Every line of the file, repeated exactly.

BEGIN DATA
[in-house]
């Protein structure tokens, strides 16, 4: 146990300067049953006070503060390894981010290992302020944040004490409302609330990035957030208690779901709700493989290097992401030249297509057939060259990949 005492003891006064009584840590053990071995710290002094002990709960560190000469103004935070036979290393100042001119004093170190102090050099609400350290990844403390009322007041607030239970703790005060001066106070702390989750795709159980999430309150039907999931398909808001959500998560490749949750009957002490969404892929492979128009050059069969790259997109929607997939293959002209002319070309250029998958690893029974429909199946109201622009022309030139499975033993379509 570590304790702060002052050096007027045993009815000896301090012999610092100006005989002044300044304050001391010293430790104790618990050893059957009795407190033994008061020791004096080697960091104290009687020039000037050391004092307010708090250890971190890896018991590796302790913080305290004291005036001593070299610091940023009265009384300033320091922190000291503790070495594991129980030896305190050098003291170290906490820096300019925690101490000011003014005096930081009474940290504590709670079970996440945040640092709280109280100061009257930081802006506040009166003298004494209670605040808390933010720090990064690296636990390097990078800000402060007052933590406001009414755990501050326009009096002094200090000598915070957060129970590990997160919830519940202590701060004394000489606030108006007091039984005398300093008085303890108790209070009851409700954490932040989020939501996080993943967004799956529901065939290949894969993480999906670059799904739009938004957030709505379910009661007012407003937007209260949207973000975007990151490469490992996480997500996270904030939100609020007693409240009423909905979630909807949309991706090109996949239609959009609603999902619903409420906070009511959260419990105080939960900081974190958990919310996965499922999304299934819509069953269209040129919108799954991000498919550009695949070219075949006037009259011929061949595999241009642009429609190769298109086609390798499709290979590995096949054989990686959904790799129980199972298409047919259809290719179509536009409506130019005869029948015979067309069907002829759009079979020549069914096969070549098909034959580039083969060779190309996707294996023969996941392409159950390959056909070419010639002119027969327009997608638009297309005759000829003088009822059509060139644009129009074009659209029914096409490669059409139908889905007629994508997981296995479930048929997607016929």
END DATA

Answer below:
[in-house]
């Protein structure tokens, strides 16, 4: 146990300067049953006070503060390894981010290992302020944040004490409302609330990035957030208690779901709700493989290097992401030249297509057939060259990949 005492003891006064009584840590053990071995710290002094002990709960560190000469103004935070036979290393100042001119004093170190102090050099609400350290990844403390009322007041607030239970703790005060001066106070702390989750795709159980999430309150039907999931398909808001959500998560490749949750009957002490969404892929492979128009050059069969790259997109929607997939293959002209002319070309250029998958690893029974429909199946109201622009022309030139499975033993379509 570590304790702060002052050096007027045993009815000896301090012999610092100006005989002044300044304050001391010293430790104790618990050893059957009795407190033994008061020791004096080697960091104290009687020039000037050391004092307010708090250890971190890896018991590796302790913080305290004291005036001593070299610091940023009265009384300033320091922190000291503790070495594991129980030896305190050098003291170290906490820096300019925690101490000011003014005096930081009474940290504590709670079970996440945040640092709280109280100061009257930081802006506040009166003298004494209670605040808390933010720090990064690296636990390097990078800000402060007052933590406001009414755990501050326009009096002094200090000598915070957060129970590990997160919830519940202590701060004394000489606030108006007091039984005398300093008085303890108790209070009851409700954490932040989020939501996080993943967004799956529901065939290949894969993480999906670059799904739009938004957030709505379910009661007012407003937007209260949207973000975007990151490469490992996480997500996270904030939100609020007693409240009423909905979630909807949309991706090109996949239609959009609603999902619903409420906070009511959260419990105080939960900081974190958990919310996965499922999304299934819509069953269209040129919108799954991000498919550009695949070219075949006037009259011929061949595999241009642009429609190769298109086609390798499709290979590995096949054989990686959904790799129980199972298409047919259809290719179509536009409506130019005869029948015979067309069907002829759009079979020549069914096969070549098909034959580039083969060779190309996707294996023969996941392409159950390959056909070419010639002119027969327009997608638009297309005759000829003088009822059509060139644009129009074009659209029914096409490669059409139908889905007629994508997981296995479930048929997607016929």